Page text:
The result of the referendum in favour of leaving the European Union has thrown almost every aspect of British life up in the air. The main political parties are in crisis, the financial markets are in turmoil, the breakup of the UK is closer than ever and British people are scrambling to apply for Irish passports. But perhaps most uncertainty surrounds the status of non-British EU citizens living in the UK. The referendum was framed around their presence in the country. Now there are no clear answers about their future.
The increase in non-British EU citizens living and working in the UK is the result of EU rules on free movement. EU citizens can live and work in any EU member state without needing a work permit. According to UN figures there are around 3.3m non-British EU citizens living in the UK. They mainly come from Poland, Ireland, Germany, Romania and Italy. And there are about 1.2m British citizens living in other EU countries. They are largely to be found in France, Spain, Ireland and Germany.
The terms of the UK exit will be determined during a negotiation process, starting from the moment Article 50 of the Lisbon treaty is invoked by the UK. During this process, which can take up to two years – with the possibility of an extension – the UK will continue to be fully bound by the principle of free movement, thus allowing non-British EU citizens to come and stay in the UK.
But once the UK is out, the fundamental principle of free movement will no longer apply, and there is great uncertainty about what will then happen to all the non-British EU citizens living in the UK. Their future will depend on the kind of new agreement that will be negotiated between the UK and the EU.
Different options have been proposed during the campaign. Some have suggested the Norway model, whereby the UK would still be part of the single market, and thus continue to benefit from the free movement of goods, capital, services and people. However, this alternative has been rejected by most Brexiters as it would not allow the UK to control EU immigration levels – the issue at the heart of the referendum debate.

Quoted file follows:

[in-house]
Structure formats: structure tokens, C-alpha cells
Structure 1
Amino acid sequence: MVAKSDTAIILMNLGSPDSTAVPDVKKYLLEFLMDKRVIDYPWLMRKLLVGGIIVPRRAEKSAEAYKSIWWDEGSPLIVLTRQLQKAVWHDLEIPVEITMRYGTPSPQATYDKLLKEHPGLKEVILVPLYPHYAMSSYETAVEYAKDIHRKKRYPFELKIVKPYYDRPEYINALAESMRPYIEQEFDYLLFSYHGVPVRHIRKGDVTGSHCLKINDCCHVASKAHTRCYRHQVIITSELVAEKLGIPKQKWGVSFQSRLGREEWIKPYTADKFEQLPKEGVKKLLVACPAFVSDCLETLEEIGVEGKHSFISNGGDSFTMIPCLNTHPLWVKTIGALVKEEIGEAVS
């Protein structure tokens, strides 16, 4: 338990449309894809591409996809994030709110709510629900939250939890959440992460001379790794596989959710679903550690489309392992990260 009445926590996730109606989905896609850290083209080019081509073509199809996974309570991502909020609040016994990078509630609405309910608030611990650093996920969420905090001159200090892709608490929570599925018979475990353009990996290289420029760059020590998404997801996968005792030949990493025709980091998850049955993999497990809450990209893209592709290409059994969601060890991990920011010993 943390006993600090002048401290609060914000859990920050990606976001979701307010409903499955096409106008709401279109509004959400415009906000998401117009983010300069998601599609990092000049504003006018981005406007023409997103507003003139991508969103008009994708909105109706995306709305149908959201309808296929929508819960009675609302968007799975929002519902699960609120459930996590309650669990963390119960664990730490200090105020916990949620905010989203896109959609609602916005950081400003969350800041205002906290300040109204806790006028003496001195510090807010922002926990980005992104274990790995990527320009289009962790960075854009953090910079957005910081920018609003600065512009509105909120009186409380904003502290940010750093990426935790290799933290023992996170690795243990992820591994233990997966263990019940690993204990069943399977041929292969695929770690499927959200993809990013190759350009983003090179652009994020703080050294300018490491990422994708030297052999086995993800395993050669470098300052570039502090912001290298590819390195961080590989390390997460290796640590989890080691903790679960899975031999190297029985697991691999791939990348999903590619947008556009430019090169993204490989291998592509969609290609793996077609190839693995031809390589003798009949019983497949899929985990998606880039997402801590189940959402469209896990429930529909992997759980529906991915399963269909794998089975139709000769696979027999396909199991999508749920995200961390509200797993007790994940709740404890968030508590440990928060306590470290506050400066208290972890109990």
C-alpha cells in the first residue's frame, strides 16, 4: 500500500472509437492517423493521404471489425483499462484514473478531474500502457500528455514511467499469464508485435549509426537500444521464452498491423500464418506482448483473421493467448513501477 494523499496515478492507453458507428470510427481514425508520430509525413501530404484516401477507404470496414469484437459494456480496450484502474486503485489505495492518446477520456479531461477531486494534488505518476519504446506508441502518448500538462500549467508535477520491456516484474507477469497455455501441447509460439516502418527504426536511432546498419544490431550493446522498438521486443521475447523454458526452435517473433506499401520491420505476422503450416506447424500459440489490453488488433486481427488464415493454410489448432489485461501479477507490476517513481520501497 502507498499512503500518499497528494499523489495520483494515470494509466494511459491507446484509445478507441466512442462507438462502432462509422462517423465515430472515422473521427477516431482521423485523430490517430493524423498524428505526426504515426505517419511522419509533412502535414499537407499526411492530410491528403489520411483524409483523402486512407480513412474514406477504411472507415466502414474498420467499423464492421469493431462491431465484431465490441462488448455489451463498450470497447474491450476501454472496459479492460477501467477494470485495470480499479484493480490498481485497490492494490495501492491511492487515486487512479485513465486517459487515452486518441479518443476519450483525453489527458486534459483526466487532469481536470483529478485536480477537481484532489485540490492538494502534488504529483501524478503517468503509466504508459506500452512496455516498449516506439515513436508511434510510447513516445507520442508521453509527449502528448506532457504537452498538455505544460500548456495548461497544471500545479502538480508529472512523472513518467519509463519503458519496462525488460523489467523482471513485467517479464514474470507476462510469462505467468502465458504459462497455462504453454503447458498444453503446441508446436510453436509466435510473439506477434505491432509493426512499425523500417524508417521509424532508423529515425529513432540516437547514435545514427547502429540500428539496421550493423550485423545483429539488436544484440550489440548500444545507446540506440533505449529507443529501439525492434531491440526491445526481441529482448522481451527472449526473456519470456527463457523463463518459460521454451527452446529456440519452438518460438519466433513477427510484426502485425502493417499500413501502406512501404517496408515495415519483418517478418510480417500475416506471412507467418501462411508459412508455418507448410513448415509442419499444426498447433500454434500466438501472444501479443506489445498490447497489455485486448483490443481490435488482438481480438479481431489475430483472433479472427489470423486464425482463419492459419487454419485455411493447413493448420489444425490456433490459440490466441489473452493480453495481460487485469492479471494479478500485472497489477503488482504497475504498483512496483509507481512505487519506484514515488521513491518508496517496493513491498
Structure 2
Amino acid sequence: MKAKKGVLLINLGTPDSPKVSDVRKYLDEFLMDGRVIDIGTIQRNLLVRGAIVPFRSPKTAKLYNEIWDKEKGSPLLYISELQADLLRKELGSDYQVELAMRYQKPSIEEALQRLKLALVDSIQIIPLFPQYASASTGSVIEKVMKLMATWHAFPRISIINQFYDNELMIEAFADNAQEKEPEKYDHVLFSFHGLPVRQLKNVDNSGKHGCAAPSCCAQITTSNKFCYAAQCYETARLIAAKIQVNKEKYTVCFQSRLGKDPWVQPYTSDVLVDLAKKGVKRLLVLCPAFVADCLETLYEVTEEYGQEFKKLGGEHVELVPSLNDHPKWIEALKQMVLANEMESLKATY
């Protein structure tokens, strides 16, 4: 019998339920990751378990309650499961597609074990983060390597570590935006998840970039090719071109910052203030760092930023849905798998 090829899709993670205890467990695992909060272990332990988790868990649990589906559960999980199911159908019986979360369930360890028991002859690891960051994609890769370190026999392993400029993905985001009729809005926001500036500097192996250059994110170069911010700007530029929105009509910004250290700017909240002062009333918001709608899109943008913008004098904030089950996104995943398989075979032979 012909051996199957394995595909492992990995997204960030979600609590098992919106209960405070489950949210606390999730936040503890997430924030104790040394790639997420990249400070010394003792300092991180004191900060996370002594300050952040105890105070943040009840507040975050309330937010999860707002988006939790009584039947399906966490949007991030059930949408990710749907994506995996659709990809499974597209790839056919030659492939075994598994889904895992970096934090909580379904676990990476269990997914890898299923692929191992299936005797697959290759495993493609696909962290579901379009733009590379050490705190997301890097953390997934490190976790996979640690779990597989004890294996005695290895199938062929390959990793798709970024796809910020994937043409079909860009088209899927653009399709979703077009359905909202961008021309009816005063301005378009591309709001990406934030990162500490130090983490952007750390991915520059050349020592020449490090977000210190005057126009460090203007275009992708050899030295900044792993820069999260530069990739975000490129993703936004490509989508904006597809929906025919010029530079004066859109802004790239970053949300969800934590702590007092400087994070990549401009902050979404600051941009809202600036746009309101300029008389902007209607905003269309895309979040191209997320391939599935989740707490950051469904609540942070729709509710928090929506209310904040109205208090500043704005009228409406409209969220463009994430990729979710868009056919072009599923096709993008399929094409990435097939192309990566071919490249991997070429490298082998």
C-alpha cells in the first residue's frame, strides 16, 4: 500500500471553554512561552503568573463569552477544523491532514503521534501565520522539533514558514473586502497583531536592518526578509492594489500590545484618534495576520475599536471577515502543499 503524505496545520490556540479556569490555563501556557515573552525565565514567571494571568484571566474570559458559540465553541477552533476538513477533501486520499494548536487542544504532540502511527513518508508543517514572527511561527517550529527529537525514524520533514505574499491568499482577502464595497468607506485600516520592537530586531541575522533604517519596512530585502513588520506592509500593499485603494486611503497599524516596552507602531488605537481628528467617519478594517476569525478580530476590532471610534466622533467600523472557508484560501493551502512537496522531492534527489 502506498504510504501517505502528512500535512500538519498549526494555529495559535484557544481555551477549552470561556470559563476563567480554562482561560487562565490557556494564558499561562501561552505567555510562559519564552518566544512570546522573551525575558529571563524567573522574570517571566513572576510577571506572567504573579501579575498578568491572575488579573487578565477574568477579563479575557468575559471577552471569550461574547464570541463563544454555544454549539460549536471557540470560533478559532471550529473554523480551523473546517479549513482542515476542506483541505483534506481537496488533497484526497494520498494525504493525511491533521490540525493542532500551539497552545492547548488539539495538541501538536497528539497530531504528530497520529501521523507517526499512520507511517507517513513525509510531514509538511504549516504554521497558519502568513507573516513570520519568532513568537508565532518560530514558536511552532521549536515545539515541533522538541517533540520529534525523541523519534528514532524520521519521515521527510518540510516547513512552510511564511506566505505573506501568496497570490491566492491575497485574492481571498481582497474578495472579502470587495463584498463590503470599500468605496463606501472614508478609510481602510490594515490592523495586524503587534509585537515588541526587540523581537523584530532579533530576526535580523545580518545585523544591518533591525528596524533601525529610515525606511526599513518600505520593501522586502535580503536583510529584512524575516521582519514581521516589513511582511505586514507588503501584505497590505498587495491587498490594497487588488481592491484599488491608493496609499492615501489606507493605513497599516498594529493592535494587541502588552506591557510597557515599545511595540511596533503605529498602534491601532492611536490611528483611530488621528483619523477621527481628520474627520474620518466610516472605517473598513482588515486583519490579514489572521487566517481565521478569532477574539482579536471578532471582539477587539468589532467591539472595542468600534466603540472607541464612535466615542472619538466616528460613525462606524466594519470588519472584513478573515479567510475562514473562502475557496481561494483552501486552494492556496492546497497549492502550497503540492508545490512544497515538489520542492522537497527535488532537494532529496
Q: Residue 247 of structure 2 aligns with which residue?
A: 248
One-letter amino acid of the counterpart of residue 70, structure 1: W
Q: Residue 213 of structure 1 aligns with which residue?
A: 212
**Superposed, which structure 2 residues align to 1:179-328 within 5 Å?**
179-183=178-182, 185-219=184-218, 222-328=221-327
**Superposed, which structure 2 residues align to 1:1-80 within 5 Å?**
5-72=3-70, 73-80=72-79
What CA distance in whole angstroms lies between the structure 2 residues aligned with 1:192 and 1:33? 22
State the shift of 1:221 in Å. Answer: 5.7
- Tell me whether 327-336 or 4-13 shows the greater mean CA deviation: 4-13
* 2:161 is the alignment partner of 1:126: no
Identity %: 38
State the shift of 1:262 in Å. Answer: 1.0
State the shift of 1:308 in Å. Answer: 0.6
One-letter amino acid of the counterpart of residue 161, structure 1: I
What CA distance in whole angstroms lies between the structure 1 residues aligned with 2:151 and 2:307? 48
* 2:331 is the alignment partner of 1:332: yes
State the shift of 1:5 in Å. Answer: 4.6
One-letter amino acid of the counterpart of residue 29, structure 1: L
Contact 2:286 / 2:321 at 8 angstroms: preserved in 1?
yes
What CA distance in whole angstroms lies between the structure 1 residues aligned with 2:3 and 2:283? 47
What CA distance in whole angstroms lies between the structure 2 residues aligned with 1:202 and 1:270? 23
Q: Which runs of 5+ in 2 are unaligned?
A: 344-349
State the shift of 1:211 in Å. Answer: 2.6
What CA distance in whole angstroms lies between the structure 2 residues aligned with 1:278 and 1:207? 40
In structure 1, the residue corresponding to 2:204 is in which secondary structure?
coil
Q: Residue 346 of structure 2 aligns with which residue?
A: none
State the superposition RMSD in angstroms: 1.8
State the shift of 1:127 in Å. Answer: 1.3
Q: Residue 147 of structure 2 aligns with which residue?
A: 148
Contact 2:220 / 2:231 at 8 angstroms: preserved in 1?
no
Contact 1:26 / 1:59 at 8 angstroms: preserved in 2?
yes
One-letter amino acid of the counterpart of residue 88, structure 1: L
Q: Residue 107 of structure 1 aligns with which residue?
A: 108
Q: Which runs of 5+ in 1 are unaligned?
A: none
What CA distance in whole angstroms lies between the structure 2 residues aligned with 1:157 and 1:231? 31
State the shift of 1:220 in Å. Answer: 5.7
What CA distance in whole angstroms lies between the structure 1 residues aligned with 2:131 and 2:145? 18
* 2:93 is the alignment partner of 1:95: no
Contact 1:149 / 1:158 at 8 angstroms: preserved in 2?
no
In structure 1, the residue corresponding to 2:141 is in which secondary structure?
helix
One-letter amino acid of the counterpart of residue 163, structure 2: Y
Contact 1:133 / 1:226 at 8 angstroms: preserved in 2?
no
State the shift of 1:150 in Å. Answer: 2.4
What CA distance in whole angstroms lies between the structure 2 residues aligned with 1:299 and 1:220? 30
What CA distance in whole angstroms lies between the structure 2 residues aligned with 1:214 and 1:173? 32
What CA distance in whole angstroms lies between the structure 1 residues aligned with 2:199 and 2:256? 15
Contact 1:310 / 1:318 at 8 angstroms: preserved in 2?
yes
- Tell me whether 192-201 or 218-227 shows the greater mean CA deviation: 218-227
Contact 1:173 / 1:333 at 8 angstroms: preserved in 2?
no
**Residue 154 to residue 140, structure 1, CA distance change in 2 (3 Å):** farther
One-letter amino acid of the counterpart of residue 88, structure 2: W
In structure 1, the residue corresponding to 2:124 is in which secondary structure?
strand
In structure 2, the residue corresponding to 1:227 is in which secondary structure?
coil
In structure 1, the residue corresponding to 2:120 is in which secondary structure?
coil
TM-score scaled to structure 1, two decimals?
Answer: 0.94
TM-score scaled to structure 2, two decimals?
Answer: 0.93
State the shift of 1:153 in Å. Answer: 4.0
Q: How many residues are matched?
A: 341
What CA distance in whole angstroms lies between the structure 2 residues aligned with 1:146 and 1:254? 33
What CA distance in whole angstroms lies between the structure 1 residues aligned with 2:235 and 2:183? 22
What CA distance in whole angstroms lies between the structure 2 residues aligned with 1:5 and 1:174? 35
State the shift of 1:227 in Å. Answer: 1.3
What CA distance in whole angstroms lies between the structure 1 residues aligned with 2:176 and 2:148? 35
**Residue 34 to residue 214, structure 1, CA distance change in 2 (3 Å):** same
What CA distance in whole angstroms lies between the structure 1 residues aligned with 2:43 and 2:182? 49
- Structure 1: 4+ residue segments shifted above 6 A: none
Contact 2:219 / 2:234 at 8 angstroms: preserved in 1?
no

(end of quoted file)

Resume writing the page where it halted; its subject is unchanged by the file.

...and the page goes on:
Others have suggested an Australian-style points-based immigration system. The UK would select which EU and non-EU workers would be allowed in based on their skills. This would have a significant impact on people in lower-paid sectors, such as construction, manufacturing, hotels and hospitality, as they would most likely not qualify for entry into the UK.
What has been made clear is that there is no possibility of cherry picking the best parts of the single market. Despite the overwhelming support among MPs and businesses to keep the UK in the single market, this option will be difficult to pursue as it would mean continued free movement of people. Which option is chosen will very much depend on what the next UK government looks like, who is at its head, and how the referendum result is interpreted.
Even if free movement is restricted in the future, political leaders of Vote Leave have come out with reassurances that nothing will happen to those EU citizens already living in the UK, or to UK citizens living in other EU countries. They are echoing legal experts who say that collective expulsion is prohibited by international law.
But expulsion is the extreme version of events. There are plenty of ways for EU citizens to be made to feel unwelcome in the UK before they are actually kicked out.
The loss of EU status may create the need for work permits and visas. They come with a lot of bureaucracy and expense.
Even before that happens, there is a sense of insecurity. Non-British EU citizens are already reflecting on their place in Britain. Adriana Chodakowska, the editor of the Polish news site Londynek, has said that many Polish people feel “lost, scared and uncertain”. And with the significant increase in the number of reported racist attacks targeting non-British EU citizens across the country since the referendum, many feel threatened.
Talking to several non-British EU citizens who have made London their home, there is also a sense of desolation and frustration with the direction the country has chosen.
While both the EU and the UK will be committed to reaching an agreement that protects the status of EU citizens living in the UK, there will be a long period of uncertainty leading up to it. During that period, many of those highly skilled and educated EU citizens who have reservations about the immigration narrative that has evolved during the course of the referendum, and who believe in the idea of the EU, may well choose to relocate. The beneficiaries of their skills are likely to be Berlin, Dublin, Frankfurt, Paris, and perhaps, just perhaps, Edinburgh.